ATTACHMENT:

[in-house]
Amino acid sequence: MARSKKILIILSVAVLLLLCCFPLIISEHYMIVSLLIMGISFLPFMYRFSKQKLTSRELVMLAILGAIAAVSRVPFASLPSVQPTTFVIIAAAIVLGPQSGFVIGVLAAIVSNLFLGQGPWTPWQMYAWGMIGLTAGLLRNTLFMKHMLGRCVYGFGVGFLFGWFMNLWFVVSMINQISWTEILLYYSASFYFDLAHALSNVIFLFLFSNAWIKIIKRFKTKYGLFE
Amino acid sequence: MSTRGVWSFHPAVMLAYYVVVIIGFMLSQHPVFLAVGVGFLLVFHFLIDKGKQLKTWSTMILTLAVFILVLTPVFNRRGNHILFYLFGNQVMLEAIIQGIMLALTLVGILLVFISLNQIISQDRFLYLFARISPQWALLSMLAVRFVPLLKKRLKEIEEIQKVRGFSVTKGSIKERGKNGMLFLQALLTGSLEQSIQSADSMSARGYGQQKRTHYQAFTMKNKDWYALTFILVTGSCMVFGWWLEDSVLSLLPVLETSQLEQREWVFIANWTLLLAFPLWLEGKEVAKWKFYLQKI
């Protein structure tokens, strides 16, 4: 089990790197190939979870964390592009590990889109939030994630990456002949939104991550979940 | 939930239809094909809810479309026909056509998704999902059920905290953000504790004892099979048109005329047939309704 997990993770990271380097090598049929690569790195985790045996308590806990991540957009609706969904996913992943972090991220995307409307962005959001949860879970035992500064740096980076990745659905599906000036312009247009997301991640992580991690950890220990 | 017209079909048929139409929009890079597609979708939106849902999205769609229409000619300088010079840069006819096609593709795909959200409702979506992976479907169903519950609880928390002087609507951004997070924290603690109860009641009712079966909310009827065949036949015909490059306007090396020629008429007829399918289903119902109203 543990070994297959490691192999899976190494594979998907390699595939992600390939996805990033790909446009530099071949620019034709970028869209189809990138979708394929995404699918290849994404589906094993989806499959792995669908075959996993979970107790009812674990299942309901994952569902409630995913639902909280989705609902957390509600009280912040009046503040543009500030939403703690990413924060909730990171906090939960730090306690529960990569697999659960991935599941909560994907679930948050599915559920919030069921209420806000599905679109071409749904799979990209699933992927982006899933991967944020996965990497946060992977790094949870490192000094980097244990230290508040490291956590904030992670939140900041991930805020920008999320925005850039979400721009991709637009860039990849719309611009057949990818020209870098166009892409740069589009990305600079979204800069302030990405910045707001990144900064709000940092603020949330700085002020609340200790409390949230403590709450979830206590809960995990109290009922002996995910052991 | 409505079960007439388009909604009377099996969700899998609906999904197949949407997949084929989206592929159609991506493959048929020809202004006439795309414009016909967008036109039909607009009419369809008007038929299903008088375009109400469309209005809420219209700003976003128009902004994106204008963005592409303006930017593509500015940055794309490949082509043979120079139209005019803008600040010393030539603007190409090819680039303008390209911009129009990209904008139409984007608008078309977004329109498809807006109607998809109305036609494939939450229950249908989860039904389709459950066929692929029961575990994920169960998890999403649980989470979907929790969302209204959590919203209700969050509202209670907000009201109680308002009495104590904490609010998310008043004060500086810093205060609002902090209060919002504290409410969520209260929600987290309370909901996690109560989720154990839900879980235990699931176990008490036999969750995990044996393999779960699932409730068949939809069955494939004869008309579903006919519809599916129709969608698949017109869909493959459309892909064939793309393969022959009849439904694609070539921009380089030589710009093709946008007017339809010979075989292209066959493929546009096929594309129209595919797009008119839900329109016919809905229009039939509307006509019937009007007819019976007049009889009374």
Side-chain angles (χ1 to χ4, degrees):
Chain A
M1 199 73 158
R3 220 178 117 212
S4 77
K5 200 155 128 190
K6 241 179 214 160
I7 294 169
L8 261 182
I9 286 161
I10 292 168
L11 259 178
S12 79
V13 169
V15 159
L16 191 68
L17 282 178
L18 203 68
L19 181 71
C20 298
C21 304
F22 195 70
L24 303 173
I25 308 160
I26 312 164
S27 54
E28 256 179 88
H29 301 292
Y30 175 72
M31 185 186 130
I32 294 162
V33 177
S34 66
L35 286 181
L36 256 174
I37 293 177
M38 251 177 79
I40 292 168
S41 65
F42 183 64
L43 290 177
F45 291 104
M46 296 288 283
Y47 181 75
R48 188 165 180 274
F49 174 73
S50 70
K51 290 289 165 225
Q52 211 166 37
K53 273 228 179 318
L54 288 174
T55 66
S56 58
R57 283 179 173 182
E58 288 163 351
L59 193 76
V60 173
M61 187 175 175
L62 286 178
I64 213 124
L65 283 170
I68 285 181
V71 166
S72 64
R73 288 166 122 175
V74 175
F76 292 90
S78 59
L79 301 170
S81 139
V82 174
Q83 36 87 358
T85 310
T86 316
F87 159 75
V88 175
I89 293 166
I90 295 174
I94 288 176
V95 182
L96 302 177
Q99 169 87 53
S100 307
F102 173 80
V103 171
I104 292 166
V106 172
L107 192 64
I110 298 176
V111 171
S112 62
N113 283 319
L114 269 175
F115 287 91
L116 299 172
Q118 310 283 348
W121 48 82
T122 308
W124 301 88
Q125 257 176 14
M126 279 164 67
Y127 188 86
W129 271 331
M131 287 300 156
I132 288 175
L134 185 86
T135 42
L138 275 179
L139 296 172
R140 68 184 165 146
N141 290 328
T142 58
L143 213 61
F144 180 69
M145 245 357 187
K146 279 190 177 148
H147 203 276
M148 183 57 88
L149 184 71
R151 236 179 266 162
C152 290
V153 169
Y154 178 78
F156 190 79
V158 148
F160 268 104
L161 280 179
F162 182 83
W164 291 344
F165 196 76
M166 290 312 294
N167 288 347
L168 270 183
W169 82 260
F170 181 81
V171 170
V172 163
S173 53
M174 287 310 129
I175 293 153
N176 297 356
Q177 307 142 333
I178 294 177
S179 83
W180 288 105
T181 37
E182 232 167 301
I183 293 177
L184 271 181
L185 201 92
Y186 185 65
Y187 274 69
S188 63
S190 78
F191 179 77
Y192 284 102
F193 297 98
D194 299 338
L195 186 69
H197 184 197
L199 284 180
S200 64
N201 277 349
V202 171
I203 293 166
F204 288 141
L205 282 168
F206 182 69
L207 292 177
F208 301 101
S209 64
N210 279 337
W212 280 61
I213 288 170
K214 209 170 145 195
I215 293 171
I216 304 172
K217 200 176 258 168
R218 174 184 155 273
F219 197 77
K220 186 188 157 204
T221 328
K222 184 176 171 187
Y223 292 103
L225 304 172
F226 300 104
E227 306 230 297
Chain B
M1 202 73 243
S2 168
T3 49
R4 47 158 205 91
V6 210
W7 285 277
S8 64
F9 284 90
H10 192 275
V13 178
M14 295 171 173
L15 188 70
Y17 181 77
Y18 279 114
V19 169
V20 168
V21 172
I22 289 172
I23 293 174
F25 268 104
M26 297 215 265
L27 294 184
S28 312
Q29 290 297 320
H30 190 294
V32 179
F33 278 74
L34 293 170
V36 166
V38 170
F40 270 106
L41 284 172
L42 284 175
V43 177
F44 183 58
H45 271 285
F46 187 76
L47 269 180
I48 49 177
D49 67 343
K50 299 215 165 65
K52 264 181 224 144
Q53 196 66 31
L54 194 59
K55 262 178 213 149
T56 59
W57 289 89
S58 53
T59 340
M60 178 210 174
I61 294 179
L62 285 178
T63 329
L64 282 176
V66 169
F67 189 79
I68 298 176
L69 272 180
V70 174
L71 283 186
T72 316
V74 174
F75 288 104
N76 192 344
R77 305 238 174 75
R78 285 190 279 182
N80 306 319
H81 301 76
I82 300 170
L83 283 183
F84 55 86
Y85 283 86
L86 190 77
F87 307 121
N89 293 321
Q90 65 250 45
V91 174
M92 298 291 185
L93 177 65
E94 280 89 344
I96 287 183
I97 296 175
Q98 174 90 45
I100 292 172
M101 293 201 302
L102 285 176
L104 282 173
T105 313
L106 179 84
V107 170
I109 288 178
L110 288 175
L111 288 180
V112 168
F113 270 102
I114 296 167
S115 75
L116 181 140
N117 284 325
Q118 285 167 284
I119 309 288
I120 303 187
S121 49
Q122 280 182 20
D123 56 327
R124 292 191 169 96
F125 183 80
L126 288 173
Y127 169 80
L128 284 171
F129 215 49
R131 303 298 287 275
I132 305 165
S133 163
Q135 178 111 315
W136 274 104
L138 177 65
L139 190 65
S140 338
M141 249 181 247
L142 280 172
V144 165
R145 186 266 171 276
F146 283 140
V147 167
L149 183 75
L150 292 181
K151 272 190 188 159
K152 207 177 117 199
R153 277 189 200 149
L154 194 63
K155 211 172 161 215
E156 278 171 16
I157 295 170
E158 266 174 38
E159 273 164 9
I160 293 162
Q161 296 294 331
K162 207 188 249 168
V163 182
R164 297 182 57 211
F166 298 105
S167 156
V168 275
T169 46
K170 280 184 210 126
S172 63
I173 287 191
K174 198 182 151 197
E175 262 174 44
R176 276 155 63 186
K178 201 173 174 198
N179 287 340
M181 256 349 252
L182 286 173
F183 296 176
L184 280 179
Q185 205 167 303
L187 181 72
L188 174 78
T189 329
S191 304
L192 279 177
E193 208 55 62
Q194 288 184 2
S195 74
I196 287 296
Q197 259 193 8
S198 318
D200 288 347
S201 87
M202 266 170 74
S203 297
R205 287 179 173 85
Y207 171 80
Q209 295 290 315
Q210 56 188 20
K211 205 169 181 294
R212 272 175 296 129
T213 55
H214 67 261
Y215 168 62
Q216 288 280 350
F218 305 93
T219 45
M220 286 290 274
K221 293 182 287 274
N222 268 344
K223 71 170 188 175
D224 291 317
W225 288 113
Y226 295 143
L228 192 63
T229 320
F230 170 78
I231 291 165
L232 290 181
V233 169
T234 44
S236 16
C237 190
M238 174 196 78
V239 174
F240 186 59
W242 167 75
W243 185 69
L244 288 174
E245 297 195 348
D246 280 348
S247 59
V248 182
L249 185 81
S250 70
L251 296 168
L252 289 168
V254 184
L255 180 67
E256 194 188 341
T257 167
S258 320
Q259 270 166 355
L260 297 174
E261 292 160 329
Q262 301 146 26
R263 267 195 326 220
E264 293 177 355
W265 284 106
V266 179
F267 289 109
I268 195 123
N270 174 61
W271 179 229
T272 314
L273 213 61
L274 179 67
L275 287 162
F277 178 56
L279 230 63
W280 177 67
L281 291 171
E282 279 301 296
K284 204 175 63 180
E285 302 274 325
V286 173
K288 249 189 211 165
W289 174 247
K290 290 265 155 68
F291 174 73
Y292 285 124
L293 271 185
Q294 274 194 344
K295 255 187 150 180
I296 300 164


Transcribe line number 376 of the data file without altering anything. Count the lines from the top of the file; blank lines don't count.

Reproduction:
F218 305 93